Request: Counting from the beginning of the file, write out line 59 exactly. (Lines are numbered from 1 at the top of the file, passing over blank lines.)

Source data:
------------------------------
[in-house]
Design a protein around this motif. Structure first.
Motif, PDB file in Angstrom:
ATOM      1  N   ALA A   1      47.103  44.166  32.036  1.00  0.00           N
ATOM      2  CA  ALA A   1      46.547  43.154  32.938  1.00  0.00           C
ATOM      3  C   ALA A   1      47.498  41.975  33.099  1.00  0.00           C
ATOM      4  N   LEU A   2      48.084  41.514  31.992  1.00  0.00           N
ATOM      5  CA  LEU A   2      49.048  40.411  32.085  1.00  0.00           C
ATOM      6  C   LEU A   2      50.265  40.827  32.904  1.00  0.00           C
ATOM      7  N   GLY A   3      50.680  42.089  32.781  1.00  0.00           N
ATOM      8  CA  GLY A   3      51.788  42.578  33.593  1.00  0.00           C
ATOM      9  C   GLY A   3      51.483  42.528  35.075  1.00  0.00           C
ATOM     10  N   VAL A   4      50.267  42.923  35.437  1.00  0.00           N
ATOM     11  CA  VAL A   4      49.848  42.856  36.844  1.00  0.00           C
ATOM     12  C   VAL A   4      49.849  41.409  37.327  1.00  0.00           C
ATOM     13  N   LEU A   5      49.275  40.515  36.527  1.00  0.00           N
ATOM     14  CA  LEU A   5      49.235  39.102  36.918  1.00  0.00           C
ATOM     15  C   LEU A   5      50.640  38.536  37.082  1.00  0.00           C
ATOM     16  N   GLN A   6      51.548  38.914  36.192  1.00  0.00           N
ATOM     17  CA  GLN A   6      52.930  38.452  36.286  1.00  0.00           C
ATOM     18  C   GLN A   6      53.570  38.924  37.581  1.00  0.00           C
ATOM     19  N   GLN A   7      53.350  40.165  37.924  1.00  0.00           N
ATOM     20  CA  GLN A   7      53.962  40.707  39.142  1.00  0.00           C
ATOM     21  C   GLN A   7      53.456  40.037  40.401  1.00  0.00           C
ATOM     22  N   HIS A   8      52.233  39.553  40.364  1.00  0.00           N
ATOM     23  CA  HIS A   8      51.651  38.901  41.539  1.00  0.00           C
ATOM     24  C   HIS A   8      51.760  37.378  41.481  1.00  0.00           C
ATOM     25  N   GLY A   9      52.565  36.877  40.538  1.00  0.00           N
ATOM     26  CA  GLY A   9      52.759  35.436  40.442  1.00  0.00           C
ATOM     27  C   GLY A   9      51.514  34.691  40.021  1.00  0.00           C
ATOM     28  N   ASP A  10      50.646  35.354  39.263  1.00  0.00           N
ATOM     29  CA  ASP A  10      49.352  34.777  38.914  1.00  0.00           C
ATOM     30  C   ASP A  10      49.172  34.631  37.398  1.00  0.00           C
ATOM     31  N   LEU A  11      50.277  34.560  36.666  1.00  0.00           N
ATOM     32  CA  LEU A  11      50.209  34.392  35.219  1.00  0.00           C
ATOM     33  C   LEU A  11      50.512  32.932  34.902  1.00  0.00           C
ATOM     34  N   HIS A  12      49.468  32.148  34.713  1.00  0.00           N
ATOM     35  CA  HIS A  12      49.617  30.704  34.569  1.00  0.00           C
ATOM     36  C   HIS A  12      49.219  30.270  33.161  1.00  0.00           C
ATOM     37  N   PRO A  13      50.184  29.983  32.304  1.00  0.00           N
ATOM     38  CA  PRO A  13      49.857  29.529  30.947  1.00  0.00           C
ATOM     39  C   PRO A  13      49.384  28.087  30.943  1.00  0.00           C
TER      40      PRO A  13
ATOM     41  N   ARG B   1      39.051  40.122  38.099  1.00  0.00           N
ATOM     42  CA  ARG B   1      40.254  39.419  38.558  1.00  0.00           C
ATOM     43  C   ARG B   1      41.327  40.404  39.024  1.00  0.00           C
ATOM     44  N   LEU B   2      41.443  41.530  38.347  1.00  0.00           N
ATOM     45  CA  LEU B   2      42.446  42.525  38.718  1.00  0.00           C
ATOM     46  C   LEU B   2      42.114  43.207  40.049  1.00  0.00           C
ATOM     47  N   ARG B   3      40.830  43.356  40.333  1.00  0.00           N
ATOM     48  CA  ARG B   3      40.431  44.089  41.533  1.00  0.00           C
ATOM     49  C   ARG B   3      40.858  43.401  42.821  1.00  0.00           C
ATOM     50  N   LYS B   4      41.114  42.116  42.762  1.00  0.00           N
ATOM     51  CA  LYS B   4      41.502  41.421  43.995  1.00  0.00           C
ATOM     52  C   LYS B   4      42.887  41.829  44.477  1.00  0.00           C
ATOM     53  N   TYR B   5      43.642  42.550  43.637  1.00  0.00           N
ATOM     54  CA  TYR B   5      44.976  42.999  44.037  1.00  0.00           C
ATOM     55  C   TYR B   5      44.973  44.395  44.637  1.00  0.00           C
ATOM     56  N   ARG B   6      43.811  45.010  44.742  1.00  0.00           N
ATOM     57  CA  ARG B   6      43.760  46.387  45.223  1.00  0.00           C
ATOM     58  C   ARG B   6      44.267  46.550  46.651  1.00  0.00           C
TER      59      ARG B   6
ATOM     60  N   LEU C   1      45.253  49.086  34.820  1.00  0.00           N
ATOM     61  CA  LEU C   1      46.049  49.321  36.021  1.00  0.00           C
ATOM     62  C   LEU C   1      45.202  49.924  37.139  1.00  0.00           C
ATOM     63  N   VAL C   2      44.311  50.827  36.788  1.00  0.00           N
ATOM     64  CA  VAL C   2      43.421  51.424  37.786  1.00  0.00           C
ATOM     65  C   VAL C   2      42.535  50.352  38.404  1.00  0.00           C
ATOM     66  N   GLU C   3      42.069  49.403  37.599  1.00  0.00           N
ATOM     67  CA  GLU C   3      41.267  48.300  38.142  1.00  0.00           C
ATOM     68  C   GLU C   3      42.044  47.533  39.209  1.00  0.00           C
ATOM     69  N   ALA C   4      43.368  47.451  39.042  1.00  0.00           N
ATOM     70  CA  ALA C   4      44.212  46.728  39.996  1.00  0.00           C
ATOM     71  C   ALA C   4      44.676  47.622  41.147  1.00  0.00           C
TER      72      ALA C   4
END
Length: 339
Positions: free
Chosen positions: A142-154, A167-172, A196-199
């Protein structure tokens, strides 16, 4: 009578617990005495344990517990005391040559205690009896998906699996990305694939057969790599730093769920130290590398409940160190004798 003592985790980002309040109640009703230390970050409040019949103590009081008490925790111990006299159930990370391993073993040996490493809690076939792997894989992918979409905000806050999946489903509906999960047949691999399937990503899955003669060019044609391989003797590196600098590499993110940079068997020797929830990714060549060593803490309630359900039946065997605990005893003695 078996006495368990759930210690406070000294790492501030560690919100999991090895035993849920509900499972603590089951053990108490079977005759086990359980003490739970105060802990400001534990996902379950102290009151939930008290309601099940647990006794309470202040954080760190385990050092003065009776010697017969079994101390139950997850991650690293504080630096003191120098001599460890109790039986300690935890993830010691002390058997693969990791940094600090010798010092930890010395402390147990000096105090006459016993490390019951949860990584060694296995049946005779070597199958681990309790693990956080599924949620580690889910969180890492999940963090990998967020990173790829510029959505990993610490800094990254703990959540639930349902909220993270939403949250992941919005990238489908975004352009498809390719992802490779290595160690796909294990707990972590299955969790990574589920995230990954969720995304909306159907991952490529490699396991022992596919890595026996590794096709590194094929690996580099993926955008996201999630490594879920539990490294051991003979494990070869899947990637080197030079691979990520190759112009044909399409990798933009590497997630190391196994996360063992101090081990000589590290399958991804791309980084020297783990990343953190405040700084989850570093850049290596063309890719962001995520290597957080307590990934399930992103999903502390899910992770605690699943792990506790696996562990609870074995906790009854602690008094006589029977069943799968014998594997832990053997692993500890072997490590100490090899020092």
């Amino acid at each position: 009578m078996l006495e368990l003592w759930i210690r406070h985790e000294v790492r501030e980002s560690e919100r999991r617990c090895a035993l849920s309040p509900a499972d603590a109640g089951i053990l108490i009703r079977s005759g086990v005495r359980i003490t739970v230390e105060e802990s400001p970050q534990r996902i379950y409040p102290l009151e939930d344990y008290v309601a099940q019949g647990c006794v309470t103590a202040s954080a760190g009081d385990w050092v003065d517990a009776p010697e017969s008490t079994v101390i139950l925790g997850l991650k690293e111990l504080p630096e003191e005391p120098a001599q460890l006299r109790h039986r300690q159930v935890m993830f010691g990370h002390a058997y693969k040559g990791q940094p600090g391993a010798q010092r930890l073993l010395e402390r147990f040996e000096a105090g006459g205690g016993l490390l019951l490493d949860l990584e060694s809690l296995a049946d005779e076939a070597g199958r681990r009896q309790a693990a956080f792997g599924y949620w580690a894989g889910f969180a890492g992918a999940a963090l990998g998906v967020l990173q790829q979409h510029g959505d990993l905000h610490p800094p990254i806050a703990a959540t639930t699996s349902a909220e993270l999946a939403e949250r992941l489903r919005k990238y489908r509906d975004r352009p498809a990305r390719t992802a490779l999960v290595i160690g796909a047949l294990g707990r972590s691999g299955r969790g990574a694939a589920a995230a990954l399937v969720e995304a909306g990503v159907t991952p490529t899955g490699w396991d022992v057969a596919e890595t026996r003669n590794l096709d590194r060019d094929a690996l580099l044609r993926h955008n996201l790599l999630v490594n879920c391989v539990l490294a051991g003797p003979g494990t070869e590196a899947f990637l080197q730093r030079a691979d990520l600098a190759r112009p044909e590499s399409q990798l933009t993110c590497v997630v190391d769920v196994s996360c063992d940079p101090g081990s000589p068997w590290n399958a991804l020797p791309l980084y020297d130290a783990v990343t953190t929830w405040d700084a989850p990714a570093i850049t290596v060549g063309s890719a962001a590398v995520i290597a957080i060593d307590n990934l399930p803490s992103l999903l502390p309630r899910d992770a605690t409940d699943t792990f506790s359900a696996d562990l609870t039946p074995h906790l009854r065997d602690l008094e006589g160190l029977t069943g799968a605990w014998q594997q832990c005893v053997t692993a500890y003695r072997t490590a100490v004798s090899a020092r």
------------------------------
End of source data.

ATOM     56  N   ARG B   6      43.811  45.010  44.742  1.00  0.00           N